Care home approved despite complaints of violence and verbal abuse

March 25 2019
Care home approved despite complaints of violence and verbal abuse

A HOUSE in a village cul-de-sac can be used as a children’s care home, despite allegations of troubled young residents carrying knives and throwing bricks.

South Gloucestershire councillors approved the retrospective proposals for the five-bedroom property in Inglestone Road, Wickwar, which has been used for emergency accommodation for young people since March last year, after hearing there was a shortage of foster parents.

The owners, Karen and Colin Dooley, have fostered many children at their house since 2002. After emergency placements from Gloucestershire County Council last year, they applied for a change of use so it could become an Ofsted-registered children’s residential home.

South Gloucestershire Council’s development management committee members went with officers’ advice to approve the proposals, in the face of 45 letters of objection.

Neighbour Ken Stout told the meeting on March 21 that the peaceful, 15-year coexistence between the foster home and the community had been “shattered” since it began accepting emergency placements, with numerous incidents attended by police.

He said: “There was a violent assault on a care worker, pushed to the ground in the street outside the property, and a knife-carrying absconder who turned up on the doorstep of a neighbouring property claiming to be carrying it to protect himself from an assault by staff.

A brick was lobbed into the path, narrowly missing the head of my neighbour’s young son.”

Mr Stout said children had “yelled obscenities” from the house at passers-by and a youngster was handcuffed by police in a “disturbing and noisy scene of restraint”.

One family adjacent has had to stop their child playing in the garden and has even had to relocate them to another bedroom,” he said.

We accept there is a need for such displaced and troubled young people but quality of life has already significantly diminished for the young, neighbouring families and it is highly likely it will diminish further should this application be granted.

The council should put the welfare of residents first, above the needs of out-of-borough young people.”

Mr Stout said it was “hugely unrealistic” to expect the youngsters to integrate into the community because the placements were typically short-term.

Social worker Charliejo Dooley, manager of Inspyre Plus, which is based at the house, said they had changed their procedures in the light of the police incidents.

A report to the committee said the problems were largely down to one child last summer who had since been removed, and that there were only two incidents reported to the police between September and December.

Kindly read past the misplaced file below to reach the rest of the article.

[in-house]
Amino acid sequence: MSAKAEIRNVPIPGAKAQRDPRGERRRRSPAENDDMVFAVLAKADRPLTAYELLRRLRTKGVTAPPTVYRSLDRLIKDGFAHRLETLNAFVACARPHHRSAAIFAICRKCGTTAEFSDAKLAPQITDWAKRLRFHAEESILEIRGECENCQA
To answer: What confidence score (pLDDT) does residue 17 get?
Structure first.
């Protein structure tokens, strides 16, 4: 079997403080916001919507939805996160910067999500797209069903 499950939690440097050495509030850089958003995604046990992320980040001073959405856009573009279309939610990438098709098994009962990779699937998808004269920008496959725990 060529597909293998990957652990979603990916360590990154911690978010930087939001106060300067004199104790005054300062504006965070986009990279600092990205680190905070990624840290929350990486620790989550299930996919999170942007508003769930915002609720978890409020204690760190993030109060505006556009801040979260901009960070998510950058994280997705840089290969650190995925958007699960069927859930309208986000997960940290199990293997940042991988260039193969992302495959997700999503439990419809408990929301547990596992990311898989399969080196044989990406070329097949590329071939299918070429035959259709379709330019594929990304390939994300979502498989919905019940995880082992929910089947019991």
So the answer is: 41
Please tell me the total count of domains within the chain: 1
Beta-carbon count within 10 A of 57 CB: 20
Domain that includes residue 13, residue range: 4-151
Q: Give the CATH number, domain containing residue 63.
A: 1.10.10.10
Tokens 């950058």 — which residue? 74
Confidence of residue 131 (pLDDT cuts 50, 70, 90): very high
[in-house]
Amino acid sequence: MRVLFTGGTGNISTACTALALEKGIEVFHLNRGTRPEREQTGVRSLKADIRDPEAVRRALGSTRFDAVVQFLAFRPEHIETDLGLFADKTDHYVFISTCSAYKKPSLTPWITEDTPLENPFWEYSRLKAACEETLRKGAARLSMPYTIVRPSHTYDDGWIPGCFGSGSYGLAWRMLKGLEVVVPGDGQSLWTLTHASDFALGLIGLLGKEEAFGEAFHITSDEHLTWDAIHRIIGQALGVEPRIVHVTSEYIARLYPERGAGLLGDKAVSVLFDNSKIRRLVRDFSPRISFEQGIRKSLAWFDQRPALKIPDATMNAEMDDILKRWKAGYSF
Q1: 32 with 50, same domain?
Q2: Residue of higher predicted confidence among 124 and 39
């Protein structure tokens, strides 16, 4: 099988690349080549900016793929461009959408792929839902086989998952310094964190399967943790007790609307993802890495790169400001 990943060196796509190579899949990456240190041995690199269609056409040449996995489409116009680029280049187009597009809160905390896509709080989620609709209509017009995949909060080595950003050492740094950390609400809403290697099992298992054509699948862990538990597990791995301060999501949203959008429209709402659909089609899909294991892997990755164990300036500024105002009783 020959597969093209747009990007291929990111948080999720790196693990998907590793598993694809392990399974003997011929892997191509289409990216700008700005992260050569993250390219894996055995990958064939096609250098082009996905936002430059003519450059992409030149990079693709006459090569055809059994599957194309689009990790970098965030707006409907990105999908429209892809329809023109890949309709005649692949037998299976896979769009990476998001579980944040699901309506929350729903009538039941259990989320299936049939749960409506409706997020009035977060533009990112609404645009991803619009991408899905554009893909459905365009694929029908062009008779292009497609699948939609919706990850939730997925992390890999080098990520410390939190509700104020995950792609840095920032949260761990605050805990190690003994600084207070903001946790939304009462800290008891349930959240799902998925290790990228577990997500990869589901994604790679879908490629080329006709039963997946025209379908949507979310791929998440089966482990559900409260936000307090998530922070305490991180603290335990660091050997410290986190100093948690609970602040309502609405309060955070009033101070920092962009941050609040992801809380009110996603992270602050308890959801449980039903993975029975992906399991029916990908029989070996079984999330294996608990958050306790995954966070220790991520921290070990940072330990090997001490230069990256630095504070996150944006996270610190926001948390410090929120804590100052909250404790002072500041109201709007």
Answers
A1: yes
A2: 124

Ms Dooley told members: “The premises are not a prison. It’s a five-bedroom house.

The community should and can play a role supporting children in care.

They should expect the same standards they would want for their own children, and tackle their out-of-sight, out-of-mind culture so children in care feel a sense of self-worth, value and respect.”

Ladden Brook ward councillor Marian Gilpin, who referred the application to the committee, said: “Local councils have an obligation to take into the care of the authority children whose lives have been torn apart either by difficult or dangerous circumstances or where parents are unable to look after them.

These children often become vulnerable to drug dealers and sexual predators.

Because Wickwar is a relatively small community, the young residents will not be subjected to the dangerous social pressures in our inner cities where the vulnerable can be sucked into gangs and have their lives wrecked even further.

A safe home with proper management and fully-qualified staff is the right answer for these young people whose family lives have disintegrated.

It will not be used for emergency placements, it will be for permanent places for three children — only three.”

But Bradley Stoke South councillor Roger Avenin said: “I have great sympathy for looked-after children but I would ask, is this the right location? A quiet residential street and a relatively quiet village.

I have great reservations in accepting something where you have such a number of objectors.”

Officers said there were no reasons to refuse the proposals on planning grounds, and Wickwar Parish Council was in support.

Members voted in favour, with Mr Avenin voting against.

By Adam Postans, Local Democracy Reporting Service